Elsewhere, Panama’s National Assembly approved a bill to regulate the use of crypto assets for trading, as digital securities and for payments. Brazil’s Senate has also approved its own bill setting up a framework for the regulation of crypto. It’s headed to the Chamber of Deputies for another vote.

Tesla keeps the BTC faith

Tesla is the second biggest corporate holder of Bitcoin with 43,200 BTC, and its latest filing with the SEC suggests it doesn’t plan on changing that. Tesla said Bitcoin has “long term potential” and is a “liquid alternative to cash.” Meanwhile, billionaire Mark Cuban has put forward a potential use for Dogecoin in fighting spam posts in a reply to Telsa CEO Elon Musk: Every Twitter user puts up 1 Doge as a bond for unlimited posts, and if another users spots them creating spam or scams, they get the spammer’s Doge, who is then forced to put up a 100 Doge bond to post again. However, if the user was wrong about the spam, they forfeit their own Doge. Shibetoshi Nakamoto, creator of Dogecoin, thought it was a good idea.


The Merge, not difficult

Ethereum devs have put off work on a hard fork to delay the ‘difficulty bomb’ in order to focus efforts on getting the Merge up and running, making ETH proof-of-stake. The difficulty bomb was designed to incentivize PoS by making it harder to mine proof-of-works blocks, so it’s arguably working. The risk is The Merge will be delayed once again, and the difficulty bomb will make the Ethereum network temporarilly difficult and slow.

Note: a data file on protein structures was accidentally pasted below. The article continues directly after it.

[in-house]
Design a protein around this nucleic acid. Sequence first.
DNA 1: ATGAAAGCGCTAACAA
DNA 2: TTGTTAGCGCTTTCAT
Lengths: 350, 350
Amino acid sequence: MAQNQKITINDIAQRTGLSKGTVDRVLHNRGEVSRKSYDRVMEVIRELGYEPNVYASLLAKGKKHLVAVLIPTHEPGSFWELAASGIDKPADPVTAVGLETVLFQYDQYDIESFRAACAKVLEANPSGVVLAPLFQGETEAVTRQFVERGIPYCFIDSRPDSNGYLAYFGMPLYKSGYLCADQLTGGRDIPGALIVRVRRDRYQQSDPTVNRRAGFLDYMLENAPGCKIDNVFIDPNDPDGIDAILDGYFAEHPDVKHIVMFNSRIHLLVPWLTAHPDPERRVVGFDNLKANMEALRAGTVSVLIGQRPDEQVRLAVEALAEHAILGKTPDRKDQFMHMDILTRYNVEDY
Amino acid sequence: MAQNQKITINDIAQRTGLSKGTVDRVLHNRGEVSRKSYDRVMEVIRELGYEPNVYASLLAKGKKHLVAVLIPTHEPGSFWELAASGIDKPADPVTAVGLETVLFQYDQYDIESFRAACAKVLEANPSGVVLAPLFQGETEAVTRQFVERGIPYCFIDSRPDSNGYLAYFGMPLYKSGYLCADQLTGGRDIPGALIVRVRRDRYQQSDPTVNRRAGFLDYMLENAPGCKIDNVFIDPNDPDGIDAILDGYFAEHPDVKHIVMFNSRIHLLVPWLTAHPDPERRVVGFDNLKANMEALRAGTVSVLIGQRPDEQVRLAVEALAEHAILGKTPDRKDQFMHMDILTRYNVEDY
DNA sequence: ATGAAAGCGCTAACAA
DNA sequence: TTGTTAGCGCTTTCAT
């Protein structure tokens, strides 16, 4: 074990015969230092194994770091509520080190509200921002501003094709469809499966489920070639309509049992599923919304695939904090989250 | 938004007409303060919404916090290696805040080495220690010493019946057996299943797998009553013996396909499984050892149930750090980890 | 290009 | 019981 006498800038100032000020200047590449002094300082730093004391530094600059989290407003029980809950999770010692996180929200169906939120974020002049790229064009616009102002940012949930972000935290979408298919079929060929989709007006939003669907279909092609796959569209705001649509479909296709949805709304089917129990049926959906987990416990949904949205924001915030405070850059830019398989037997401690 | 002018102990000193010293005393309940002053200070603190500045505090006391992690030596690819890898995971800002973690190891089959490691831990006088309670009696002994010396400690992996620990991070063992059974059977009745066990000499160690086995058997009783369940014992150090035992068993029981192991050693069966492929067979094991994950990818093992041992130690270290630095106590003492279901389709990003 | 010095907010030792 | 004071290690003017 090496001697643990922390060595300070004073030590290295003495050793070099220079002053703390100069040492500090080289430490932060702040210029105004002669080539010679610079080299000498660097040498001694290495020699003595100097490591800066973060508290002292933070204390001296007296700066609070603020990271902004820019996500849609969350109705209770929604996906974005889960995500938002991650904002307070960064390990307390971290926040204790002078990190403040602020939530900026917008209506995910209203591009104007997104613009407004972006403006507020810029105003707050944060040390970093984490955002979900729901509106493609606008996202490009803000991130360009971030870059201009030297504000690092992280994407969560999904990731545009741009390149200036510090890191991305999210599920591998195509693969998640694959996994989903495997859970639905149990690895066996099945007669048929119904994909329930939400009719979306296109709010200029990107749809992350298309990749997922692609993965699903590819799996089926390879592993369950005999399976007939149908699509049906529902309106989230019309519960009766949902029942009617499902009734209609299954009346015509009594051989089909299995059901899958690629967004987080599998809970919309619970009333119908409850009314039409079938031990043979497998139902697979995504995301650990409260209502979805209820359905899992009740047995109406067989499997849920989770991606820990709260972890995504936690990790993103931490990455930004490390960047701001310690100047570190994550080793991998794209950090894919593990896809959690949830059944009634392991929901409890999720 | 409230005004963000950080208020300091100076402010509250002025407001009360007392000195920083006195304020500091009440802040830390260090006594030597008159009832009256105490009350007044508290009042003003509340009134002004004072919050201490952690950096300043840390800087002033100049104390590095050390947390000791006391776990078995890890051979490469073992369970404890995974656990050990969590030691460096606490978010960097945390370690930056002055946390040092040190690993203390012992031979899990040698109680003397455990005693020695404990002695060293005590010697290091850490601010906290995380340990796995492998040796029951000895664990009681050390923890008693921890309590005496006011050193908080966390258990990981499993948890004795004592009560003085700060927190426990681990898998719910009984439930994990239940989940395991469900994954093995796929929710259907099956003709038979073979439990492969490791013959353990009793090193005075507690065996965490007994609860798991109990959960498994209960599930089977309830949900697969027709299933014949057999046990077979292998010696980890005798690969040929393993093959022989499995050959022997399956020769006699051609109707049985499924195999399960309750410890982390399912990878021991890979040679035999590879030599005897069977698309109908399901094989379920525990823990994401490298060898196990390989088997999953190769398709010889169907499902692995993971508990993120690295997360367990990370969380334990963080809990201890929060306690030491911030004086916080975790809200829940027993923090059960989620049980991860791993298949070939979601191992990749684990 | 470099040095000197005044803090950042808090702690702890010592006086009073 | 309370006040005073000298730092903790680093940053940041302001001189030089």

Last week may have seen a plunge on traditional markets, but on-chain analyst Willy Woo thinks the picture isn’t too bad for Bitcoin, which is holding up relatively well due to what Woo says is “unprecedented spot buying.” He wrote: “#Bitcoin price is sideways because Wall St is selling futures contracts in a macro risk-off trade. Meanwhile, institutional money is scooping spot BTC at peak rates and moving to cold storage. It’s times like these I remember the Q4 2020 supply shock squeeze.”

Exchange net flows

Source: Will Woo [Twitter]

Strong sign of adoption for El Salvador’s Chivo wallet

El Salvador’s government-backed Bitcoin wallet has reached significant adoption, according to Felipe Vallejo, an executive at the cryptocurrency exchange behind the ‘Chivo’ wallet. Referring to a study by the National Bureau of Economic Research, 40% of those who downloaded the Chivo wallet continued to use it after they received their government incentives. Vallejo also noted that 20% of all El Salvadorans continued using the Chivo wallet after spending their free $30 bonus BTC. He stated that this should be viewed as a “strong signal of increasing adoption,” especially when compared to traditional financial services According to some sources, only 29% of adults in El Salvador had bank accounts as of 2017.


Until next week, happy trading!